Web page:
Diablo Cody's script is smart funny and infinitely more interesting than the typical teen slasher swill. The movie revels in its gory moments without being gratuitous and employs a healthy amount of sex without coming off like it's pandering to horny teens. Rather Jennifer's Body is the perfect template for the incomparably hot Megan Fox to use her looks as a plot-forwarding mechanism. This is a professionally signficant departure from her eye candy turns in the Transformers movies and lets Fox prove that she can actually act. There's no one else in Hollywood right now better suited to this role. Fox's performance is unhinged and charming and she makes good use of all the Diablo Cody-isms ("You need a mani bad. You should find a Chinese chick to buff your situation.") that devil-may-care Jennifer gets to utter. The love/hate best friend relationship is interesting and there's a load of good-girl-gone-wrong catharsis in Seyfried's revenge-fueled rampage. Cody and director Karyn Kusama are adept in skillfully if a bit condescendingly creating a convincing depiction of a small Midwestern town which serves as the perfect ultra-real backdrop for the story.
Cody's unique style adds the perfect quirk factor to what could otherwise be run-of-the-mill cinematic garbage.The Cody-isms however sometimes come off as cloying when they aren't being uttered by Fox. Also hopeful Fox worshippers might be disappointed that the sexually radiant actress despite her character's penchant for using sex to lure her victims doesn't actually bare anything that necessitates the film's R-rating.
With its surprising plot twists a snarky bff vs. bff subplot and Cody's flair for linguistics Jennifer's Body is a smart horror flick for anyone who enjoys jolly gore or Megan Fox in a mini-skirt.
Justine Last (Jennifer Aniston) lives the kind of life that rarely makes the big screen. She spends her days giving makeovers at the Retail Rodeo and her nights watching her house painter husband of seven years Phil (John C. Reilly) and his best friend Bubba (Tim Blake Nelson) sit on her couch and get high. All of that changes though when she meets Holden (Jake Gyllenhaal) the new cashier. The eager yet troubled young poet/screenwriter/novelist-to-be captures her imagination and eventually becomes her lover. In classic moments of small-Southern-town trysting he takes her to his room in his parents' house and arranges meetings outside the Chuck E. Cheese's. They shack up in a motel at the edge of town; they rendezvous at a lake in the country. Throughout the affair though Justine is torn and guilty wanting to be a "good girl " but finding herself a hateful woman--a self-proclaimed adulteress and a liar. This is no whitewashed fantasy of a romantic affair between an older woman and a younger man. This affair is your sister's your brother's your husband's your wife's. It's real it's gritty and it's painful. Ultimately Holden's love for Justine becomes morbid and obsessive causing her to realize that the man she thought would change her life was in fact "at best a child and at worst--a demon." Justine is then forced to choose: this obsessive love and the excitement it brings or a stable--if boring--life with her husband.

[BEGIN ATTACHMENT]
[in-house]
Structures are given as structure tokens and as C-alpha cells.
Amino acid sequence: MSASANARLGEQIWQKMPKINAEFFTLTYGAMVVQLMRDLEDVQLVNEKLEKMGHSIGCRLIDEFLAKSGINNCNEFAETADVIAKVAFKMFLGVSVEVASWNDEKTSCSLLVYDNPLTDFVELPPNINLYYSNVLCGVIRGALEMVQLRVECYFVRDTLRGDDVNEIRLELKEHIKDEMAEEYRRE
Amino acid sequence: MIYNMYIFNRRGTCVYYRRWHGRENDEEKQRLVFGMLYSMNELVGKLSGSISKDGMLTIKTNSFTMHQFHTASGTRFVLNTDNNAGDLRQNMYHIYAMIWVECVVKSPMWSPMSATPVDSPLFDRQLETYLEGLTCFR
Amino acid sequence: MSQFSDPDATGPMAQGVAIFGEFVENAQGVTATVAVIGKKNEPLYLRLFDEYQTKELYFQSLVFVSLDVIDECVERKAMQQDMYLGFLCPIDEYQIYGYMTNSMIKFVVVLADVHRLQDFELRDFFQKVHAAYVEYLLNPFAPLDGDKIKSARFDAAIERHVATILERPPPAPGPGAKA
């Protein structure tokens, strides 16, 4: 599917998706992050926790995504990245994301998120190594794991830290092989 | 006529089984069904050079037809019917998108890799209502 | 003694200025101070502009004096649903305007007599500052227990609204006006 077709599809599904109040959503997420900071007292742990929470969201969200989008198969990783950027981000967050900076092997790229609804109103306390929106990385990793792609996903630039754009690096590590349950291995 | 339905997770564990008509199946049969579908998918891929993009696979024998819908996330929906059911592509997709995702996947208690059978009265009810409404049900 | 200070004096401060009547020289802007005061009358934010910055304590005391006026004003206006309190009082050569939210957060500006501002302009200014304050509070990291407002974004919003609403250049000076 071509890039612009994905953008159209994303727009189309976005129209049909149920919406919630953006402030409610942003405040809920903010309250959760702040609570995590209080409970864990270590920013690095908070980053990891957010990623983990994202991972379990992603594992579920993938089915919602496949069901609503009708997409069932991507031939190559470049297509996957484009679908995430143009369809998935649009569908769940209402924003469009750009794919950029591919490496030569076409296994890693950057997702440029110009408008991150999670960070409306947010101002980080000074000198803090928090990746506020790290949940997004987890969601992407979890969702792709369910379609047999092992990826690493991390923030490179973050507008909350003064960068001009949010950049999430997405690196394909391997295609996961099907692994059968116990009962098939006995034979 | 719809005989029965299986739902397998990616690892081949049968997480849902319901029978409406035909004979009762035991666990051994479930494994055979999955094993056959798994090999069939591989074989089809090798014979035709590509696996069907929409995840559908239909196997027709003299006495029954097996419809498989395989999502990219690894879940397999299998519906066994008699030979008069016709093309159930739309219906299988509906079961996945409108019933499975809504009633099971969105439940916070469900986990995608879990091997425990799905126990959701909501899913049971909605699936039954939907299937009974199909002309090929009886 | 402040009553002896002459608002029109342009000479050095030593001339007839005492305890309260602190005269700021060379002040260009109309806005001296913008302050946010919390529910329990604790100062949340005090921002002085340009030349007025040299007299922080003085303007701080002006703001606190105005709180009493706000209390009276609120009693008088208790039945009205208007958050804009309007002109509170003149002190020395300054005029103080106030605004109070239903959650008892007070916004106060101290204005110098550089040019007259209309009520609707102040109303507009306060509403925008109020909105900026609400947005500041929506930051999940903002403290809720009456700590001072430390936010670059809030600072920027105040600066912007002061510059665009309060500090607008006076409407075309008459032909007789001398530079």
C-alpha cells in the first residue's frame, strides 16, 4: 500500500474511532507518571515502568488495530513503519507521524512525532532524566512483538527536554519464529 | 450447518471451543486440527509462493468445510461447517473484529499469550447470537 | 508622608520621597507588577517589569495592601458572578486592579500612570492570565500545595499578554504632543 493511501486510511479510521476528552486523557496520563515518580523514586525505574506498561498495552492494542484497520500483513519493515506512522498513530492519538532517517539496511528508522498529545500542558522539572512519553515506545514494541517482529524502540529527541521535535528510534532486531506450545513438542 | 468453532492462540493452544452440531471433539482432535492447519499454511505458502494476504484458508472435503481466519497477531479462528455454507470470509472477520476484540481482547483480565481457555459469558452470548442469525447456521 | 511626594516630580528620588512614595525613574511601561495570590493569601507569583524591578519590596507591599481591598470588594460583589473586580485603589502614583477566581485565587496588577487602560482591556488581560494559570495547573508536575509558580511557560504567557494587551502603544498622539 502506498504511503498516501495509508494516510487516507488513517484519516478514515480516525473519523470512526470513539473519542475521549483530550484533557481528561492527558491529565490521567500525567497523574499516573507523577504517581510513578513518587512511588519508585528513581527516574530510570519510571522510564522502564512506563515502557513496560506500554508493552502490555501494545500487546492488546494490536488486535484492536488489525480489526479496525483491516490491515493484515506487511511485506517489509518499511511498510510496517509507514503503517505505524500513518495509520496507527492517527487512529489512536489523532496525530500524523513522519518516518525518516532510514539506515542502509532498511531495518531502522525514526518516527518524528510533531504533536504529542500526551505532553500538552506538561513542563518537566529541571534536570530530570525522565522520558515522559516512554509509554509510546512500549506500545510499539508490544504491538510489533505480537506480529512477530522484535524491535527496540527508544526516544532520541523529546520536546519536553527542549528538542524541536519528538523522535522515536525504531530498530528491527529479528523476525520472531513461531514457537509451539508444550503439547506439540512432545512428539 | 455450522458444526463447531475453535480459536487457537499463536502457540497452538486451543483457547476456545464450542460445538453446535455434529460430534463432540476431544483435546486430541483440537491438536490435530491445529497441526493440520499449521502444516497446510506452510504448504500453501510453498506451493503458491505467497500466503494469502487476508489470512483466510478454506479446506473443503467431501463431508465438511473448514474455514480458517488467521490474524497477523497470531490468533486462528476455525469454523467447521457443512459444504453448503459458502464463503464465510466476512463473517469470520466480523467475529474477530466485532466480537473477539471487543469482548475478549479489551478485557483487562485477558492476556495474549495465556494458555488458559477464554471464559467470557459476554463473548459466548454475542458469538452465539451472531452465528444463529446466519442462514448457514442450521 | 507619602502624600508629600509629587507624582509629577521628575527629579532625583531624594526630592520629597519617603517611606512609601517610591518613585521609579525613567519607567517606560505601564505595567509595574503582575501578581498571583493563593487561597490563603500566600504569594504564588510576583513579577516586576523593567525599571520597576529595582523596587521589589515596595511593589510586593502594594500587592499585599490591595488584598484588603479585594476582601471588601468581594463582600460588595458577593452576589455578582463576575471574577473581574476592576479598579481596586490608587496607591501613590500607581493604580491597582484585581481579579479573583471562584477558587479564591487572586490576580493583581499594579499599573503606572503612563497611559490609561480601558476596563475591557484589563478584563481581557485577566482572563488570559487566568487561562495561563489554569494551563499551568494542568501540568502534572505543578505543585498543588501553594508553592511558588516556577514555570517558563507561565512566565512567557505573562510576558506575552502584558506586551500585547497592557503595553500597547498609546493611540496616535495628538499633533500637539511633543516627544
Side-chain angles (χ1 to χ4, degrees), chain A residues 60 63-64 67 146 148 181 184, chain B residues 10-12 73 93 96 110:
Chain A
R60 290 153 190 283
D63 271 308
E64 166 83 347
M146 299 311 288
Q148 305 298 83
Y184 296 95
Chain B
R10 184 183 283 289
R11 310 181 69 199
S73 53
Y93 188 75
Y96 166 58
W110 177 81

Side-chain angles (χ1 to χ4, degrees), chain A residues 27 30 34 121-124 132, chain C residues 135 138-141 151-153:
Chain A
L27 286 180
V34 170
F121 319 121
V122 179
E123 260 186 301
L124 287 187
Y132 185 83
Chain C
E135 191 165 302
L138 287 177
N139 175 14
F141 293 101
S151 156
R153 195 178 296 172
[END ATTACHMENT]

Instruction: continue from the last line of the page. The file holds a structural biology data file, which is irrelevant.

Aniston proves her mettle at last in a role that finally allows her to do so; no one who sees this film will ever again accidentally call her "Rachel" (her character on the ubiquitous sitcom Friends). Her performance perfectly captures the tension of wanting to be a "good girl" yet secretly yearning to be selfish. You know she's dueling with herself as she makes decision after decision that leads inexorably to the film's tragic ending and you feel her pain. Justine is flawed like all the rest of us and Aniston brings this humanity to the forefront creating one of the most realistic heroines in recent history. Gyllenhaal too is perfectly cast as the brooding intense Holden. He captures the duality screenwriter Mike White writes into nearly all the characters in this movie: You want to snuggle Holden one minute; the next you wish he'd just go away. Reilly and Nelson also demonstrate a not inconsiderable subtlety in roles that could easily have become caricatures; instead the tension between what these guys wanted from life and what they ultimately ended up with accentuates Justine's turmoil and deepens the film's theme. On the film's lighter side White puts in a hilariously dark turn as Corny the Bible-thumping security guard at Retail Rodeo and Zooey Deschanel is excellent as the classic employee with an attitude hurling insults at Retail Rodeo customers over the loudspeaker as she announces the latest bargain on aisle eight.
The Good Girl doesn't look like much. Darkness and shadows invade every corner of the screen at one point or another the sets are fairly commonplace and the costumes are simple: Lee jeans smocks plaid shirts and painter's pants. Even Aniston's pink bathrobe is dull and washed out. The Good Girl is a smart delicately ironic and insightful partnership between a brilliant screenwriter (White) and a director (Miguel Arteta) who know exactly how to bring words to life on the screen. And The Good Girl does come to life in a well-paced funny quirky package that leaves you thinking that above all what you have seen is a slice of truth in a mixed-up crazy world.